Demands for clearer gig economy laws intensified this morning after five Supreme Court justices ruled that a former Pimlico Plumbers engineer was a worker rather than self-employed.
Gary Smith worked for the London-based company from August 2005 until April 2011. After suffering a heart attack, Smith asked for his working hours to be cut from five days a week to three. Pimlico declined his request and took away his company-branded van.
In April 2012, an employment tribunal decided that, although Smith was not an employee, he was a worker.
Pimlico appealed to both the Employment Appeal Tribunal and the Court of Appeal. Both appeals were dismissed.
Welcoming the decision, the TUC called on the government to bring in better regulation to end the “Wild West” gig economy.
“People shouldn't have to go to court to get a fair deal at work,” said TUC general secretary Frances O’Grady. “Companies that treat their staff like disposable labour must be brought to book.”
Simon McVicker, director of policy at IPSE, which represents freelancers and other self-employed people, added: “The best way to address this legal uncertainty is to write into a law a positive definition of what constitutes self-employment. This would send a clear signal about who is and who isn’t self-employed, and would mean that people wouldn’t have to go all the way to the Supreme Court to get a resolution.”
However, James Murray, employment associate at Kingsley Napley, questioned whether the decision would prompt any political action.
“Employers may tweak their contracts but they will not feel they need to alter the reality of their practices considering the government has said it is not willing to move forward with […] Matthew Taylor’s more game-changing proposals; for example, reversing the burden of proof in favour of workers,” Murray said. “Parliament is also preoccupied with Brexit for the foreseeable future.”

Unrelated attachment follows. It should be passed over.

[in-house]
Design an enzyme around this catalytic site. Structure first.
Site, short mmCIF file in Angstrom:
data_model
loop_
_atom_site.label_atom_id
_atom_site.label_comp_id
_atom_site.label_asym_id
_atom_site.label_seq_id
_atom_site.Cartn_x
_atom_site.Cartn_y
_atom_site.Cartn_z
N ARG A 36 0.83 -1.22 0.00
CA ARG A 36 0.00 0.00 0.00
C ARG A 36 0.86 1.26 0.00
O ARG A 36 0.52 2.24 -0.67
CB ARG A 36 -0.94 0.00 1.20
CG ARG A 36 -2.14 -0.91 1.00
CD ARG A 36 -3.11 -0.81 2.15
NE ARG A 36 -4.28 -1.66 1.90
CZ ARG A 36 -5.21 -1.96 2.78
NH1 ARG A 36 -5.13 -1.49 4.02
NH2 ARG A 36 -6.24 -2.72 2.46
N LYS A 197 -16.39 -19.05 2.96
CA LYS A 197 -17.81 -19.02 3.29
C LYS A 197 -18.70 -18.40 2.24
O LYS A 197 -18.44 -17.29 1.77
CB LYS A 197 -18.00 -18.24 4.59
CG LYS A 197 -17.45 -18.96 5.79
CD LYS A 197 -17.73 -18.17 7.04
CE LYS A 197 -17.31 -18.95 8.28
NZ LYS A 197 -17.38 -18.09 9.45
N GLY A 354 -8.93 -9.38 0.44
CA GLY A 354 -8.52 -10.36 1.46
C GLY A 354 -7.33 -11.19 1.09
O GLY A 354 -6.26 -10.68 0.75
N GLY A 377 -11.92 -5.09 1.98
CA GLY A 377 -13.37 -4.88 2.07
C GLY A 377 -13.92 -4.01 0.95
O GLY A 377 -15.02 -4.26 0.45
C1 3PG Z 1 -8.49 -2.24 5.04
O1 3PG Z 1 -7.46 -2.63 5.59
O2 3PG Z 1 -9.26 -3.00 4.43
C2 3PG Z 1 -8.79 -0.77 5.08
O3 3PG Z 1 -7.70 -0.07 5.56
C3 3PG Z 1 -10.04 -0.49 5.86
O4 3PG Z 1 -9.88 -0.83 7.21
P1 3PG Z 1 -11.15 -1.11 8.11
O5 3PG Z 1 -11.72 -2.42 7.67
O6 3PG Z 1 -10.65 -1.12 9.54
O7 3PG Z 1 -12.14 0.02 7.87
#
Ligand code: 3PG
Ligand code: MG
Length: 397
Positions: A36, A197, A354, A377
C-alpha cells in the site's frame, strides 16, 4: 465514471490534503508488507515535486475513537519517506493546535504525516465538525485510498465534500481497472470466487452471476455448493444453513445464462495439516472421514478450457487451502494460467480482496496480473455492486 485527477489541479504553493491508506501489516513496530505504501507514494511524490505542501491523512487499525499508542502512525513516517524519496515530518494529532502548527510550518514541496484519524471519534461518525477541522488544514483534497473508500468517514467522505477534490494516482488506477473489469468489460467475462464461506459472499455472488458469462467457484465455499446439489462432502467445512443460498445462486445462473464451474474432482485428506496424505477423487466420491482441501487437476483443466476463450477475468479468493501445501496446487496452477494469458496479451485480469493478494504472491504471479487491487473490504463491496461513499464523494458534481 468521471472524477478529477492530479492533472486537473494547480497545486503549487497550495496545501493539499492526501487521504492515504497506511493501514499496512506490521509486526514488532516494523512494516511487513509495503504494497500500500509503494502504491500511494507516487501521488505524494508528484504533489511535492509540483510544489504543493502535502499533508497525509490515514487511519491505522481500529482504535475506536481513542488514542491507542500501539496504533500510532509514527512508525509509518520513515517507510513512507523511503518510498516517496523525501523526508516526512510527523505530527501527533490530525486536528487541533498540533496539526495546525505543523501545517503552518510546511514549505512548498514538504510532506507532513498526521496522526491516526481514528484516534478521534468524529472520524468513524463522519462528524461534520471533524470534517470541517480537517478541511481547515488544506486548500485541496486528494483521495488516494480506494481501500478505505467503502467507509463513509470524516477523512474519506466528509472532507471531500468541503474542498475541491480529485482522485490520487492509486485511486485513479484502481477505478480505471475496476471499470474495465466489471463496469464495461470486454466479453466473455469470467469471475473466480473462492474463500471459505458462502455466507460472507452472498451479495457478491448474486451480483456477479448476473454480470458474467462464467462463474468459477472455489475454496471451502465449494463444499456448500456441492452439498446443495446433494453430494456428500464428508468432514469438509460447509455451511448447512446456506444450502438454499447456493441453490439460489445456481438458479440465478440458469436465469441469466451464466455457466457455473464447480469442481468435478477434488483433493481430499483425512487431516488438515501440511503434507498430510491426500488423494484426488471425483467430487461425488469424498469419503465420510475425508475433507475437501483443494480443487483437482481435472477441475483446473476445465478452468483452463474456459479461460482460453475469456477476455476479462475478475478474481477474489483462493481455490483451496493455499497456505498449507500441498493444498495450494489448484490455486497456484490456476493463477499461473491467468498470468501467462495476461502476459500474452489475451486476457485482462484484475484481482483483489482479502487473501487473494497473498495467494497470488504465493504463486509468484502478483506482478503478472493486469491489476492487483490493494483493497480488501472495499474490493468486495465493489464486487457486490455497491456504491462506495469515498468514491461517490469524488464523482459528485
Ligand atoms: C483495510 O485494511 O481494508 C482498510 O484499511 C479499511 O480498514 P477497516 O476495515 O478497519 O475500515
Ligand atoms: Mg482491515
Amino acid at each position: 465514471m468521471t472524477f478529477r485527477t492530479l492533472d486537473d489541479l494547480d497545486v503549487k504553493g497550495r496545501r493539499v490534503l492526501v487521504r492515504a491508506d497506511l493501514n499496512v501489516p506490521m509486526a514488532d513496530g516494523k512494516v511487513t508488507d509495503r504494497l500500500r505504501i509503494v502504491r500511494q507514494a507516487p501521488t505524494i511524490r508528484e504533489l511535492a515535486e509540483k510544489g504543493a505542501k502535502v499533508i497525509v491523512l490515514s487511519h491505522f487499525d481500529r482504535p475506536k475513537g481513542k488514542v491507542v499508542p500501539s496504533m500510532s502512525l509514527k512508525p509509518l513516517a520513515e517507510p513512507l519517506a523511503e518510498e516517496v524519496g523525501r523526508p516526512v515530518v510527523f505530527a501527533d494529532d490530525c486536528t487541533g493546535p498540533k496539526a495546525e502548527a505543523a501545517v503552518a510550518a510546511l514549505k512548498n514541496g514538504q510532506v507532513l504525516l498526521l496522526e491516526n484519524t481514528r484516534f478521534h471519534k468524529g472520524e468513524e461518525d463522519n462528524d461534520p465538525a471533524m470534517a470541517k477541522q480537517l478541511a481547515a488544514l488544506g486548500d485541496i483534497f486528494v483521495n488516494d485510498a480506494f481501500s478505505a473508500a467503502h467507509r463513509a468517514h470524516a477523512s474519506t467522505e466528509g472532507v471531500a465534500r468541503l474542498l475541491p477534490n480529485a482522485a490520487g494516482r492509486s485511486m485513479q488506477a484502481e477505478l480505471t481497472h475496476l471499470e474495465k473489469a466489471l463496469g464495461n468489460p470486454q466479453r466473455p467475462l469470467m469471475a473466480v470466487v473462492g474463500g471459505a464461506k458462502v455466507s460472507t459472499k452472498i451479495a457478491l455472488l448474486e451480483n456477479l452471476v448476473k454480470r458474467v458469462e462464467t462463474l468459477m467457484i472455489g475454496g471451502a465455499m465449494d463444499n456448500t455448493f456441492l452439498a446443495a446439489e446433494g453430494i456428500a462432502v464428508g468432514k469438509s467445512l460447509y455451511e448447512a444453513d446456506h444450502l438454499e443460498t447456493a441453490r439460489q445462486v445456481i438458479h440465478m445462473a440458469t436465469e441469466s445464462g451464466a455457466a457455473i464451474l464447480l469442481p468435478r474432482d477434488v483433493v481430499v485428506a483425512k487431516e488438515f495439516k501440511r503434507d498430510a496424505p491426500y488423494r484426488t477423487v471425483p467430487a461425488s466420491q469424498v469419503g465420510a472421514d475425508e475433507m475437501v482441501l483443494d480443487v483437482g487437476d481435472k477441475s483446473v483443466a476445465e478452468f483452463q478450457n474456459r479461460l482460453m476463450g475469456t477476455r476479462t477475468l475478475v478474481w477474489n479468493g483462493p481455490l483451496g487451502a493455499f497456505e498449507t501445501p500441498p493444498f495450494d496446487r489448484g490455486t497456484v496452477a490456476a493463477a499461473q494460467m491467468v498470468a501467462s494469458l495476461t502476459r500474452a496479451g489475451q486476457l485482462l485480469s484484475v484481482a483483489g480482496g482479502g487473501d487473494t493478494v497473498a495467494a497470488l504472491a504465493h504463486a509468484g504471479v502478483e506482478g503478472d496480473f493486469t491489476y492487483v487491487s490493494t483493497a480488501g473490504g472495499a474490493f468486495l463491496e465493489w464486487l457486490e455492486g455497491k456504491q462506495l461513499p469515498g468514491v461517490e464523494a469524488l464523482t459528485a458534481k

The government-commissioned Taylor review, which was published last July, contained a number of proposals for the gig economy among its 53 recommendations. The government responded to the review in February and is currently running a series of consultations on the issues raised.
As the Supreme Court’s decision is binding on the courts below it, the judgment was likely closely watched by the likes of Uber and Deliveroo, both of which are currently facing their own legal battles over worker status.
Lord Wilson’s Supreme Court judgment, with which Lady Hale, Lord Hughes, Lady Black and Lord Lloyd-Jones agreed, noted that, although Smith could nominate another plumber to take on a job for him, this power of substitution was limited in scope as it had to be a plumber under contract with Pimlico.
In handing down the judgment, Wilson also said Pimlico had a large degree of control over Smith’s “appearance and the cleanliness of his uniform” and his ability to compete with the company when he ceased to carry out jobs for it.
“While the legal provisions examined in this case have been in place for many years, recent cases have changed our understanding of how they should be interpreted and organisations will need to exercise caution in the arrangement they agree, and then follow in practice, with those they wish to engage as genuinely independent contractors,” said Andrew Willis, head of legal at CIPD HR-inform.
In a blog on the company’s website, Pimlico founder Charlie Mullins wrote that the decision was a “missed opportunity” to align employment status law with modern working practices.
He also claimed that today’s case was not one about “exploitation” but “about a highly skilled, self-employed plumber, who was earning a six-figure salary, wanting to have his cake and eat it”.